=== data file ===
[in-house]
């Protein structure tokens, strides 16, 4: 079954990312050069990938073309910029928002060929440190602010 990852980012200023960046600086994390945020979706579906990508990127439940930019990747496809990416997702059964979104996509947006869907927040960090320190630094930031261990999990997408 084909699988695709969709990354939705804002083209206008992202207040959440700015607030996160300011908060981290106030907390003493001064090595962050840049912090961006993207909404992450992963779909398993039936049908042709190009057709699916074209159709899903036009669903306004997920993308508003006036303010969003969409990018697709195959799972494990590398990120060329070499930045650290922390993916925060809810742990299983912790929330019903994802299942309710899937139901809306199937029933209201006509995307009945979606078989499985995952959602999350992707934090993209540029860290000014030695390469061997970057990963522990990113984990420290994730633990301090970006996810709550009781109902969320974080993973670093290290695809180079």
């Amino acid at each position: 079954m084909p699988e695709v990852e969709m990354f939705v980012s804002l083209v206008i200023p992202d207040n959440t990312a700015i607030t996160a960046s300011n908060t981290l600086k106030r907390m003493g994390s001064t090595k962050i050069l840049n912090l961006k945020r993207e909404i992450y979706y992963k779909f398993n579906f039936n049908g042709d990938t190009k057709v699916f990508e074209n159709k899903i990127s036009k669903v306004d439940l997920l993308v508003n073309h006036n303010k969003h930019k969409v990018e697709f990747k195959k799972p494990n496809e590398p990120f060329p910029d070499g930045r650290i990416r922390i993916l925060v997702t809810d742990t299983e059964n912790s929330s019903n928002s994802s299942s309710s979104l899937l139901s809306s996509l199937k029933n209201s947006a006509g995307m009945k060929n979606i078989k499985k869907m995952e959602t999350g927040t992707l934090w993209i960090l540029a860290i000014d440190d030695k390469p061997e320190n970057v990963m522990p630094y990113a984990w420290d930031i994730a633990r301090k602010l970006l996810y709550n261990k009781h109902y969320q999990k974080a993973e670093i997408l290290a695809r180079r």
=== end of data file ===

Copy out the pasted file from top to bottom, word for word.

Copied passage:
[in-house]
């Protein structure tokens, strides 16, 4: 079954990312050069990938073309910029928002060929440190602010 990852980012200023960046600086994390945020979706579906990508990127439940930019990747496809990416997702059964979104996509947006869907927040960090320190630094930031261990999990997408 084909699988695709969709990354939705804002083209206008992202207040959440700015607030996160300011908060981290106030907390003493001064090595962050840049912090961006993207909404992450992963779909398993039936049908042709190009057709699916074209159709899903036009669903306004997920993308508003006036303010969003969409990018697709195959799972494990590398990120060329070499930045650290922390993916925060809810742990299983912790929330019903994802299942309710899937139901809306199937029933209201006509995307009945979606078989499985995952959602999350992707934090993209540029860290000014030695390469061997970057990963522990990113984990420290994730633990301090970006996810709550009781109902969320974080993973670093290290695809180079």
């Amino acid at each position: 079954m084909p699988e695709v990852e969709m990354f939705v980012s804002l083209v206008i200023p992202d207040n959440t990312a700015i607030t996160a960046s300011n908060t981290l600086k106030r907390m003493g994390s001064t090595k962050i050069l840049n912090l961006k945020r993207e909404i992450y979706y992963k779909f398993n579906f039936n049908g042709d990938t190009k057709v699916f990508e074209n159709k899903i990127s036009k669903v306004d439940l997920l993308v508003n073309h006036n303010k969003h930019k969409v990018e697709f990747k195959k799972p494990n496809e590398p990120f060329p910029d070499g930045r650290i990416r922390i993916l925060v997702t809810d742990t299983e059964n912790s929330s019903n928002s994802s299942s309710s979104l899937l139901s809306s996509l199937k029933n209201s947006a006509g995307m009945k060929n979606i078989k499985k869907m995952e959602t999350g927040t992707l934090w993209i960090l540029a860290i000014d440190d030695k390469p061997e320190n970057v990963m522990p630094y990113a984990w420290d930031i994730a633990r301090k602010l970006l996810y709550n261990k009781h109902y969320q999990k974080a993973e670093i997408l290290a695809r180079r």